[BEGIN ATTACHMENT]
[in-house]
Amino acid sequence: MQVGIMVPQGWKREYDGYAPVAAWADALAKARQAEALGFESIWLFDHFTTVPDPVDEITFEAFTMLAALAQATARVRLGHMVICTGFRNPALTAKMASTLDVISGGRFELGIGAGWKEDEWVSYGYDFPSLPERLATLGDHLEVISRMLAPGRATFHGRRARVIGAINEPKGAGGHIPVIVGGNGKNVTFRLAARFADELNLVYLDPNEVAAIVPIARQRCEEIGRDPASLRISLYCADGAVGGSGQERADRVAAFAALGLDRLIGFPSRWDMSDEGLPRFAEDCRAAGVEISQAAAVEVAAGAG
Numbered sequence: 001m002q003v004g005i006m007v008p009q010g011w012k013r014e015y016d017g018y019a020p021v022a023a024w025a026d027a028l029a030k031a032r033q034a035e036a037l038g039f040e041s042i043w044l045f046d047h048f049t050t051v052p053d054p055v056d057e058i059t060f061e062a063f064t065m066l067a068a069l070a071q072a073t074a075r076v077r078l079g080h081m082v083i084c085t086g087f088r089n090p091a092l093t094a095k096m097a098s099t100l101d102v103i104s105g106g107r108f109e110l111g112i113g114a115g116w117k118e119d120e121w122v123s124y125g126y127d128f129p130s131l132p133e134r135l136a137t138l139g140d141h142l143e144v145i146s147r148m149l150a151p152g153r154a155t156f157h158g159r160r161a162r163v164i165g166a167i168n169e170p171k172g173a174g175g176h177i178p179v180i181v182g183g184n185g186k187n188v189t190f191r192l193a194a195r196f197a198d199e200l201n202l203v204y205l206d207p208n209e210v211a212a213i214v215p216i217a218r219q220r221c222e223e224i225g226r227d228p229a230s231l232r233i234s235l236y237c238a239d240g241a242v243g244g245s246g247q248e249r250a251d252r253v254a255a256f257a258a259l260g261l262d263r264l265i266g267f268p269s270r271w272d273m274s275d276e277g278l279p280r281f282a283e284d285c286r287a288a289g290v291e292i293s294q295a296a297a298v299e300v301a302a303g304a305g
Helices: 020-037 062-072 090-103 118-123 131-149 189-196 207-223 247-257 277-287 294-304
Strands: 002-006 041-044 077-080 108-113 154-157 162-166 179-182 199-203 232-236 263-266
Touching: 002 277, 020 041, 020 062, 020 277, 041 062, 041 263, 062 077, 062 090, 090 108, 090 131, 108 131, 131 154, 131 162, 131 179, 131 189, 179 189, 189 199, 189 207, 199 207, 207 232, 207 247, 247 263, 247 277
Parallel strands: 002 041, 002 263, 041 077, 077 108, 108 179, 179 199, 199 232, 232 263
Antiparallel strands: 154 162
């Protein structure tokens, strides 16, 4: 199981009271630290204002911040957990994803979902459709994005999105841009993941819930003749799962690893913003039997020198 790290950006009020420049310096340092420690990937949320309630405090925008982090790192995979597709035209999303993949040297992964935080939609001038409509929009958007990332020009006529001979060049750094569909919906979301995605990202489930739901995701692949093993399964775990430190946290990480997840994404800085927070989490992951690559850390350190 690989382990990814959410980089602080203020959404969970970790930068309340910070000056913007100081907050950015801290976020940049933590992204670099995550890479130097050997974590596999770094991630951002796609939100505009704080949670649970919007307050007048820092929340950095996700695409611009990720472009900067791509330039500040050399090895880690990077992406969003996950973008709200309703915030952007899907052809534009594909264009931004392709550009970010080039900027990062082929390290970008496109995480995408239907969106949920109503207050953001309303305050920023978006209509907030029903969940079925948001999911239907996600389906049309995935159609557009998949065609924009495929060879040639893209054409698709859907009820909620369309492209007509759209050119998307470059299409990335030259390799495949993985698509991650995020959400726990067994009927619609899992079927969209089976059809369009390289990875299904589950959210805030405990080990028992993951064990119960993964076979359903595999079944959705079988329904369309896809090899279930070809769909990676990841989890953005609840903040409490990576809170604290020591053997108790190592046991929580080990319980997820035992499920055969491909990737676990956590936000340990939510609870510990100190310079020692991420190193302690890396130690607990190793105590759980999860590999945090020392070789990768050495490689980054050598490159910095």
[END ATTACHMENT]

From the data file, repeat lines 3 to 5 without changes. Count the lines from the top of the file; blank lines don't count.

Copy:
Numbered sequence: 001m002q003v004g005i006m007v008p009q010g011w012k013r014e015y016d017g018y019a020p021v022a023a024w025a026d027a028l029a030k031a032r033q034a035e036a037l038g039f040e041s042i043w044l045f046d047h048f049t050t051v052p053d054p055v056d057e058i059t060f061e062a063f064t065m066l067a068a069l070a071q072a073t074a075r076v077r078l079g080h081m082v083i084c085t086g087f088r089n090p091a092l093t094a095k096m097a098s099t100l101d102v103i104s105g106g107r108f109e110l111g112i113g114a115g116w117k118e119d120e121w122v123s124y125g126y127d128f129p130s131l132p133e134r135l136a137t138l139g140d141h142l143e144v145i146s147r148m149l150a151p152g153r154a155t156f157h158g159r160r161a162r163v164i165g166a167i168n169e170p171k172g173a174g175g176h177i178p179v180i181v182g183g184n185g186k187n188v189t190f191r192l193a194a195r196f197a198d199e200l201n202l203v204y205l206d207p208n209e210v211a212a213i214v215p216i217a218r219q220r221c222e223e224i225g226r227d228p229a230s231l232r233i234s235l236y237c238a239d240g241a242v243g244g245s246g247q248e249r250a251d252r253v254a255a256f257a258a259l260g261l262d263r264l265i266g267f268p269s270r271w272d273m274s275d276e277g278l279p280r281f282a283e284d285c286r287a288a289g290v291e292i293s294q295a296a297a298v299e300v301a302a303g304a305g
Helices: 020-037 062-072 090-103 118-123 131-149 189-196 207-223 247-257 277-287 294-304
Strands: 002-006 041-044 077-080 108-113 154-157 162-166 179-182 199-203 232-236 263-266